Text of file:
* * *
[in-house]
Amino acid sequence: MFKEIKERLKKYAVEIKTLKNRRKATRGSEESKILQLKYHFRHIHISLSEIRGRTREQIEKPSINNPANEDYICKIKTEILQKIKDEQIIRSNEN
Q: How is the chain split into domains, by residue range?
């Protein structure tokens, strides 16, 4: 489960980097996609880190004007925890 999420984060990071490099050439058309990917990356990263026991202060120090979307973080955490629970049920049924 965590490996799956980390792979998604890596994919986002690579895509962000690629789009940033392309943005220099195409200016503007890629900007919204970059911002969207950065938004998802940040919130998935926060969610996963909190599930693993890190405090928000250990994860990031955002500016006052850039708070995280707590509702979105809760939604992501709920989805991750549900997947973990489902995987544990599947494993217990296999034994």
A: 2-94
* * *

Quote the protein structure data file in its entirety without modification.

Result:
[in-house]
Amino acid sequence: MFKEIKERLKKYAVEIKTLKNRRKATRGSEESKILQLKYHFRHIHISLSEIRGRTREQIEKPSINNPANEDYICKIKTEILQKIKDEQIIRSNEN
Q: How is the chain split into domains, by residue range?
């Protein structure tokens, strides 16, 4: 489960980097996609880190004007925890 999420984060990071490099050439058309990917990356990263026991202060120090979307973080955490629970049920049924 965590490996799956980390792979998604890596994919986002690579895509962000690629789009940033392309943005220099195409200016503007890629900007919204970059911002969207950065938004998802940040919130998935926060969610996963909190599930693993890190405090928000250990994860990031955002500016006052850039708070995280707590509702979105809760939604992501709920989805991750549900997947973990489902995987544990599947494993217990296999034994």
A: 2-94